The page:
Margin of error in legal industry surveys, and other traps

Survey results are data that legal managers often encounter, but they need to be savvy about how much reliance to put on the data.  When sophisticated survey results are published, the report typically includes a statement of the margin of error.  Let’s think of a scenario.  If the ABA invited its members by an email to approve or disapprove a nominee for the Supreme Court and 1,000 or so responded, the margin of error would be plus or minus three percent.  So, if 60% approved the nominee, the “real” response from that subset (the sample) if all of the members (the population of ABA members) could be as high as 63% or as low as 57%.  As explained in the NY Times, Oct. 6, 2016 at A18, the stated margin of error explains sampling variation: “error that occurs because surveys are based on only a subset of the full population of [ABA members].”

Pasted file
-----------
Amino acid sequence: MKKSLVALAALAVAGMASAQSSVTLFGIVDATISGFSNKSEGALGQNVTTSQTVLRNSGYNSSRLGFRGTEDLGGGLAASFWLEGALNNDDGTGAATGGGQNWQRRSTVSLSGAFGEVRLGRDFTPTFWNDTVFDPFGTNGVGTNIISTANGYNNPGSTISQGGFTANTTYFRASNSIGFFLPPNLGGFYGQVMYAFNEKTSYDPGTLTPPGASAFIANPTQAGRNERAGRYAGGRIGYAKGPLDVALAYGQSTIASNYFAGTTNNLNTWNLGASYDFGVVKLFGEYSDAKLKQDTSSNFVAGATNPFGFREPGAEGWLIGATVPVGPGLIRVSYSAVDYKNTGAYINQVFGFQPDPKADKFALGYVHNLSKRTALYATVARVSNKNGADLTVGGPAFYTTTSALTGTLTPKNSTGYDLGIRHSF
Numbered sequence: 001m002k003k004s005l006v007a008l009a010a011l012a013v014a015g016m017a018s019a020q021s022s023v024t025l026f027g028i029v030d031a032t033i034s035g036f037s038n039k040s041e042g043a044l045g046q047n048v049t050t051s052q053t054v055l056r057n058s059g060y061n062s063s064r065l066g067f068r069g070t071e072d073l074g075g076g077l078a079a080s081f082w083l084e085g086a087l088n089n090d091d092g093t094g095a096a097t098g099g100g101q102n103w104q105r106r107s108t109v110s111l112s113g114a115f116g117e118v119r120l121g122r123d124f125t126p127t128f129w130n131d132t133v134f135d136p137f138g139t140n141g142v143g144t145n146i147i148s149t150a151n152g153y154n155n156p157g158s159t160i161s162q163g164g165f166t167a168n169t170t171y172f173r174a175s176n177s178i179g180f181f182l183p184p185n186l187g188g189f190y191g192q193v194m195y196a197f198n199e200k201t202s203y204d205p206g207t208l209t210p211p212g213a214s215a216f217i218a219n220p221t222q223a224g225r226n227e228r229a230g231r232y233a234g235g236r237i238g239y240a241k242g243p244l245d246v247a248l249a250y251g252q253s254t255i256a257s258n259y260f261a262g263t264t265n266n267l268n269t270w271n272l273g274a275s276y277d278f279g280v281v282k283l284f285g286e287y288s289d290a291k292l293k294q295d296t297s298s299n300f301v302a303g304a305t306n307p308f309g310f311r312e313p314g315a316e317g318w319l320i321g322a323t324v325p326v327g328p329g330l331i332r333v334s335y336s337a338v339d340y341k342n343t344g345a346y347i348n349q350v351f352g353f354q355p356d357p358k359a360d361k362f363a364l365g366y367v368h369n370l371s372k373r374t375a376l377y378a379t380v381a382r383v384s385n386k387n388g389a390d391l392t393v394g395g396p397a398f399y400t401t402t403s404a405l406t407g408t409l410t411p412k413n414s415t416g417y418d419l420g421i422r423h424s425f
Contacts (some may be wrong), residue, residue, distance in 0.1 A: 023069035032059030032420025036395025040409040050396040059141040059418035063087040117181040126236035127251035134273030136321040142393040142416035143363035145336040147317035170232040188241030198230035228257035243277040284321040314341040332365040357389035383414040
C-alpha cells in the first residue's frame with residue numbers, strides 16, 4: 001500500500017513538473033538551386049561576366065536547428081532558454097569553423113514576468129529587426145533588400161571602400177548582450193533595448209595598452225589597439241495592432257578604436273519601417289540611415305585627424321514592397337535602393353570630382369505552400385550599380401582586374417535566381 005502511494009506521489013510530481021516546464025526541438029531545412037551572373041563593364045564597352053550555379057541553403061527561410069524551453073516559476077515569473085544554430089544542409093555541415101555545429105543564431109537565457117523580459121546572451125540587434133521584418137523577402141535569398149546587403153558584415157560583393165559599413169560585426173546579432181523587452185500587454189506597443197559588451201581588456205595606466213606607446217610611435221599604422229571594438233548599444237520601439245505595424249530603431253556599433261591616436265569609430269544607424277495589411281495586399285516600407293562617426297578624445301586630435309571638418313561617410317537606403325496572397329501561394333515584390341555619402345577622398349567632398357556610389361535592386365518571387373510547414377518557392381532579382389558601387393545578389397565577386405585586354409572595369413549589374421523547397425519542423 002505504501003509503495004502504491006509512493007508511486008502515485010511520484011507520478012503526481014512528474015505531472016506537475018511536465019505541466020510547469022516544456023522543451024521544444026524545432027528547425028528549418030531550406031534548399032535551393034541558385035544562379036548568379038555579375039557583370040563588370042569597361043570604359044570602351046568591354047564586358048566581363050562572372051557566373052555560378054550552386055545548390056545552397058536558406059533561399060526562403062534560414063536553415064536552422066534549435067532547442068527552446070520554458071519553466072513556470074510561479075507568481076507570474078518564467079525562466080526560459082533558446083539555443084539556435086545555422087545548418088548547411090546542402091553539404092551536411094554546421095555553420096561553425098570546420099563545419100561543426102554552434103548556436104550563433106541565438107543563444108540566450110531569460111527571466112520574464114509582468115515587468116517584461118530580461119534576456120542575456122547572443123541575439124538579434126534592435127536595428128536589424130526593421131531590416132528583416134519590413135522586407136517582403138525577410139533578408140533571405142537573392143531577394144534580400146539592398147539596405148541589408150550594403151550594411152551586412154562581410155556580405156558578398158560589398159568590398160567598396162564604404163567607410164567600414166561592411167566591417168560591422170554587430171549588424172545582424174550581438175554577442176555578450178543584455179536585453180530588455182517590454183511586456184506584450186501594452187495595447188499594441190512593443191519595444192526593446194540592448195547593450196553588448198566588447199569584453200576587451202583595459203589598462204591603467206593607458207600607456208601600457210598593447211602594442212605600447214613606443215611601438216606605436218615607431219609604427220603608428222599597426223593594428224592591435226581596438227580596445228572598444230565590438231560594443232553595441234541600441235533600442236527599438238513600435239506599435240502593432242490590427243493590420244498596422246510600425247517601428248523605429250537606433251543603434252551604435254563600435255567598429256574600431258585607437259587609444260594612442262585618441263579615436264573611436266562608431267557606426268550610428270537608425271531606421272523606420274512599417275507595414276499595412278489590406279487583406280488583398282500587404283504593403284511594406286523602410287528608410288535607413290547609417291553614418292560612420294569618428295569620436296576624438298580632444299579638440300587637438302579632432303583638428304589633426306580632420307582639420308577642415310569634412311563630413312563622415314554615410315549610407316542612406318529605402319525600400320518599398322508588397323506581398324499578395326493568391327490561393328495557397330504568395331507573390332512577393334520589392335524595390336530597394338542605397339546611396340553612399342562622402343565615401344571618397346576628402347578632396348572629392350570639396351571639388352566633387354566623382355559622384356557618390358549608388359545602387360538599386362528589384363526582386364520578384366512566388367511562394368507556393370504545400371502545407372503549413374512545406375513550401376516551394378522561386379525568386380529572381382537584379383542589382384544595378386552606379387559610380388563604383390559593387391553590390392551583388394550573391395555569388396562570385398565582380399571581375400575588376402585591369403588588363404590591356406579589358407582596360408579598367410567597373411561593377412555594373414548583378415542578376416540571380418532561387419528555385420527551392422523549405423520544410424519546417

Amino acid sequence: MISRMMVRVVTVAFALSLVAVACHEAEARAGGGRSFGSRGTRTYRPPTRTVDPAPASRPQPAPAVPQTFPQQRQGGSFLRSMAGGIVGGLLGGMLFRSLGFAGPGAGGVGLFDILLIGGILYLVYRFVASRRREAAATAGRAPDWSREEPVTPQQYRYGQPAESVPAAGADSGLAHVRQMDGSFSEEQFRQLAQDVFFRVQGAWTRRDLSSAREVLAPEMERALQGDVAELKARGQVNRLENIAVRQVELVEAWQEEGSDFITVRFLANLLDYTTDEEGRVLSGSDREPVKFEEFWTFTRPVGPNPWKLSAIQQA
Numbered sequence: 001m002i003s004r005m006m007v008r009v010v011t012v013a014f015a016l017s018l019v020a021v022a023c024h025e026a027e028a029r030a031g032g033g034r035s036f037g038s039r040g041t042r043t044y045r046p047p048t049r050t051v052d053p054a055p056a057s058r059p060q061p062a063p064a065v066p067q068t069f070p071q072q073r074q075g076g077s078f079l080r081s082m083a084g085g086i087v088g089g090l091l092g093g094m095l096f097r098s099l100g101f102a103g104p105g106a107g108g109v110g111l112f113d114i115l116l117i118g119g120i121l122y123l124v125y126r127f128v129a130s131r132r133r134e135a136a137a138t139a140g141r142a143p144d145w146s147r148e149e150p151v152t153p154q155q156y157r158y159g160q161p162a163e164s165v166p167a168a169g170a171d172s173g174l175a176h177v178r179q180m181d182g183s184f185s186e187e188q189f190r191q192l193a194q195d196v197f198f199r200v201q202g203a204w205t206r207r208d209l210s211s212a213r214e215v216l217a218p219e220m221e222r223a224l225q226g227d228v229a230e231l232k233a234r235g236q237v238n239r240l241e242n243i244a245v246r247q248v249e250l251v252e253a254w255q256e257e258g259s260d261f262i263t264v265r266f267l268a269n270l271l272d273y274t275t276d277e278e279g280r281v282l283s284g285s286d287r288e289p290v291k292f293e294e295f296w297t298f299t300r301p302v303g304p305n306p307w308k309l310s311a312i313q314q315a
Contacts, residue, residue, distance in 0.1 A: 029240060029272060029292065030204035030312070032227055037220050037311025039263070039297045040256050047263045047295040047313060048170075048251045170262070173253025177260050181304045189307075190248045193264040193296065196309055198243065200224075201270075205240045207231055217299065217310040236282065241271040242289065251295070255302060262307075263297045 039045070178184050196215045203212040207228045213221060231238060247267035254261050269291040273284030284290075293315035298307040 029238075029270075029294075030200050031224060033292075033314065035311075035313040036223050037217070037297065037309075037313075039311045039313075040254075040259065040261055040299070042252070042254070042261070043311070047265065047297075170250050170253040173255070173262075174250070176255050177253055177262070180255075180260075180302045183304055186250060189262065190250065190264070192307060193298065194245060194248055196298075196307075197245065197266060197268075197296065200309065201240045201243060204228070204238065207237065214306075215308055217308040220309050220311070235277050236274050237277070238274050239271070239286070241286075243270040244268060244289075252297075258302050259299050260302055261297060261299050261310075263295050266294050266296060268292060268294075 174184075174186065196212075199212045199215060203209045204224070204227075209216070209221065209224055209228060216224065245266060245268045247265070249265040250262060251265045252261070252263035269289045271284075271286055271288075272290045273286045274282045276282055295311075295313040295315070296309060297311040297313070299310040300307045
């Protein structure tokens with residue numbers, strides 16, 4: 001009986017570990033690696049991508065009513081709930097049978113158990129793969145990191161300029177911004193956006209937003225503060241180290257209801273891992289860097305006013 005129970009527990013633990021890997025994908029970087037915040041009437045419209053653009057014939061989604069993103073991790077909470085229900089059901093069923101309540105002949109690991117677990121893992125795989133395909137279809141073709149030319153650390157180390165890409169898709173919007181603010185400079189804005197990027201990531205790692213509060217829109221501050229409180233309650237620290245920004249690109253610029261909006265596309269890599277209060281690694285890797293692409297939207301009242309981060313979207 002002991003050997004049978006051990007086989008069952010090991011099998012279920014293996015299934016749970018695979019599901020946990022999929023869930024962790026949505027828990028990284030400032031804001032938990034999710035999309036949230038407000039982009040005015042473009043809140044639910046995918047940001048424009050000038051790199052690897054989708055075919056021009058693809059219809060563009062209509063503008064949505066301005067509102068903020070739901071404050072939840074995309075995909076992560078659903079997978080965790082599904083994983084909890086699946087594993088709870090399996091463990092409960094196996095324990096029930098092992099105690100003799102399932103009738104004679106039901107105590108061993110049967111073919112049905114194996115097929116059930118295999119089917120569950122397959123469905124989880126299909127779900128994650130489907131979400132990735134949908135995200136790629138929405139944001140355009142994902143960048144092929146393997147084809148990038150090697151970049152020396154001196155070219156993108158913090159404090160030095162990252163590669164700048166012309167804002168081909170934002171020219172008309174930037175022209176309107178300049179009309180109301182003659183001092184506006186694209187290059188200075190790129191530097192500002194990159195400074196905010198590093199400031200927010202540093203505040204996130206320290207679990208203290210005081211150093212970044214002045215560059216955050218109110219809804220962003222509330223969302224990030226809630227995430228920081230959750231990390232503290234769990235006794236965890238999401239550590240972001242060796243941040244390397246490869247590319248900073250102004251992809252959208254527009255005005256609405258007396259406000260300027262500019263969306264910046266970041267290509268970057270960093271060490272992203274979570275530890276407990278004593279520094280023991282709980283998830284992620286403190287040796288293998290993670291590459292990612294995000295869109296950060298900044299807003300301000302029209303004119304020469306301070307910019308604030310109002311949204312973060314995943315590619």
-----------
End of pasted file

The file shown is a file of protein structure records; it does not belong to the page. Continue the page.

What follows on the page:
But the stated margin of error on a survey misses other important sources of error.  “Frame error occurs when there is a mismatch between the people who are possibly included in the poll (the sampling frame) and the true target population.”  With the ABA example, members who had not provided a usable email address would fall outside the frame of potential respondents.

A second form of survey error arises from nonresponders.  That is when “the likelihood of responding to a survey is systematically related to how one would have answered the survey.”  Again on the hypothetical ABA study, members who do not appear in court might not bother to respond at a higher rate than the rest of the members, and they might somewhat consistently (that is the meaning of “systematically” in the quote) have favored a judge who has been in the public eye regardless of merit.  This would illustrate non-response bias.

Third, error other than margin of error may result from the analysis of the data.  This is a morass of tough decisions and potential mistakes.

Fourth, the wording of the question or the choices permitted to the respondents (as in drop-down menus) may skew the accuracy of the results.

We could go on with other survey traps, but the key point here is that survey data in the legal industry should trigger careful examination of the survey’s methodology.